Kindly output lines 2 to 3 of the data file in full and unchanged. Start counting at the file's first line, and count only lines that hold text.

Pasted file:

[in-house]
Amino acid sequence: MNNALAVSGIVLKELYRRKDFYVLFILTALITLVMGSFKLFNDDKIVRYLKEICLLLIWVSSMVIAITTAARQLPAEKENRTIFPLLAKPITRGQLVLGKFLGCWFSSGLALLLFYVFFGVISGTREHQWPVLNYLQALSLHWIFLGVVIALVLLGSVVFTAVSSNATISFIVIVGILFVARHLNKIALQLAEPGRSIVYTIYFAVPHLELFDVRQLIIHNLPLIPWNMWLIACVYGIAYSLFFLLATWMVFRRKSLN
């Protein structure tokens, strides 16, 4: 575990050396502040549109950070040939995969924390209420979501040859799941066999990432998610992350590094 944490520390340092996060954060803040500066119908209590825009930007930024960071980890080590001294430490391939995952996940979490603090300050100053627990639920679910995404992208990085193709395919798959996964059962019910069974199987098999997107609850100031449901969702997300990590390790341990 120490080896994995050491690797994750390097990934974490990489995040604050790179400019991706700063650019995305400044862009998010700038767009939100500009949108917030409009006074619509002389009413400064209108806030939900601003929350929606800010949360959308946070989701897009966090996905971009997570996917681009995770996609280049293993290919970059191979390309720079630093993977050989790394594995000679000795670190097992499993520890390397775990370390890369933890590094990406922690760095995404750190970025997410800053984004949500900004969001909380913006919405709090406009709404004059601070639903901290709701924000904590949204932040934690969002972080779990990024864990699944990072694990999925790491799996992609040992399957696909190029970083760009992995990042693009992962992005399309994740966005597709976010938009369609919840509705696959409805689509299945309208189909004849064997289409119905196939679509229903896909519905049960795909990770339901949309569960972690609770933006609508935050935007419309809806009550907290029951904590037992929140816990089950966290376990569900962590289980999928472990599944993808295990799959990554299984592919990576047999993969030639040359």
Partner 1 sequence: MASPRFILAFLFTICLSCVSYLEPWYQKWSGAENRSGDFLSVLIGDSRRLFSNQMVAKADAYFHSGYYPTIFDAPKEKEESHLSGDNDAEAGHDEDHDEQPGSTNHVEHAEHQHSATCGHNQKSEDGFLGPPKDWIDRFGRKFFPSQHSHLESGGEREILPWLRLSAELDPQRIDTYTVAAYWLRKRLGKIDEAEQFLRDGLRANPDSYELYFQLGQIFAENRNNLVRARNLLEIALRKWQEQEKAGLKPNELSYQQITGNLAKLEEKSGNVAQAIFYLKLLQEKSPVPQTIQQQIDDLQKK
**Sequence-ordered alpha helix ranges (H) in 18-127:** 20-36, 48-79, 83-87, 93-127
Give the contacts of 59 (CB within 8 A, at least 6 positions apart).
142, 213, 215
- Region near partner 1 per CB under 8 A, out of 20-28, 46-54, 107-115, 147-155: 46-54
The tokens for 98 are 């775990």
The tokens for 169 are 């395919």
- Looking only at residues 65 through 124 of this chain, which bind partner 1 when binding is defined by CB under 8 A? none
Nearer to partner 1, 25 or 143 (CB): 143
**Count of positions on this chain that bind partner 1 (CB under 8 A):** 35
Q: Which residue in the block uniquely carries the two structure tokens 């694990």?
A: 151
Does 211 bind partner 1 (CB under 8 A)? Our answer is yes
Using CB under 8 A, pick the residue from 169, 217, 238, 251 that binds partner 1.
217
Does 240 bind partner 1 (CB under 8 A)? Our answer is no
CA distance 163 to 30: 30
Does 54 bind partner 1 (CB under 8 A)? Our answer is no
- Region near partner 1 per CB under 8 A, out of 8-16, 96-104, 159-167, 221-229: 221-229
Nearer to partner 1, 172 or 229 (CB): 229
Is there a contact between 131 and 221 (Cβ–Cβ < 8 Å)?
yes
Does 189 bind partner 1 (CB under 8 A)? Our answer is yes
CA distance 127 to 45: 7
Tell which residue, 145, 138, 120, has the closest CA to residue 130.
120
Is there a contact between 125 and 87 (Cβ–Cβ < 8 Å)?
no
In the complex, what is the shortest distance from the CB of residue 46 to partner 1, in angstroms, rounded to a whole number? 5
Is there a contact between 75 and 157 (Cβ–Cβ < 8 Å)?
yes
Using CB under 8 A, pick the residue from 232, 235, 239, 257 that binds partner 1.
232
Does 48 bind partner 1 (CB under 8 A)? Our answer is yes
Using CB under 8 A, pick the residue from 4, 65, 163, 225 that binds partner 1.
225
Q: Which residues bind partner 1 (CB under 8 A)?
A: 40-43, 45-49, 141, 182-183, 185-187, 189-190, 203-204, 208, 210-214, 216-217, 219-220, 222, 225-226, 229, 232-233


Amino acid sequence: MNNALAVSGIVLKELYRRKDFYVLFILTALITLVMGSFKLFNDDKIVRYLKEICLLLIWVSSMVIAITTAARQLPAEKENRTIFPLLAKPITRGQLVLGKFLGCWFSSGLALLLFYVFFGVISGTREHQWPVLNYLQALSLHWIFLGVVIALVLLGSVVFTAVSSNATISFIVIVGILFVARHLNKIALQLAEPGRSIVYTIYFAVPHLELFDVRQLIIHNLPLIPWNMWLIACVYGIAYSLFFLLATWMVFRRKSLN
């Protein structure tokens, strides 16, 4: 575990050396502040549109950070040939995969924390209420979501040859799941066999990432998610992350590094 944490520390340092996060954060803040500066119908209590825009930007930024960071980890080590001294430490391939995952996940979490603090300050100053627990639920679910995404992208990085193709395919798959996964059962019910069974199987098999997107609850100031449901969702997300990590390790341990 120490080896994995050491690797994750390097990934974490990489995040604050790179400019991706700063650019995305400044862009998010700038767009939100500009949108917030409009006074619509002389009413400064209108806030939900601003929350929606800010949360959308946070989701897009966090996905971009997570996917681009995770996609280049293993290919970059191979390309720079630093993977050989790394594995000679000795670190097992499993520890390397775990370390890369933890590094990406922690760095995404750190970025997410800053984004949500900004969001909380913006919405709090406009709404004059601070639903901290709701924000904590949204932040934690969002972080779990990024864990699944990072694990999925790491799996992609040992399957696909190029970083760009992995990042693009992962992005399309994740966005597709976010938009369609919840509705696959409805689509299945309208189909004849064997289409119905196939679509229903896909519905049960795909990770339901949309569960972690609770933006609508935050935007419309809806009550907290029951904590037992929140816990089950966290376990569900962590289980999928472990599944993808295990799959990554299984592919990576047999993969030639040359």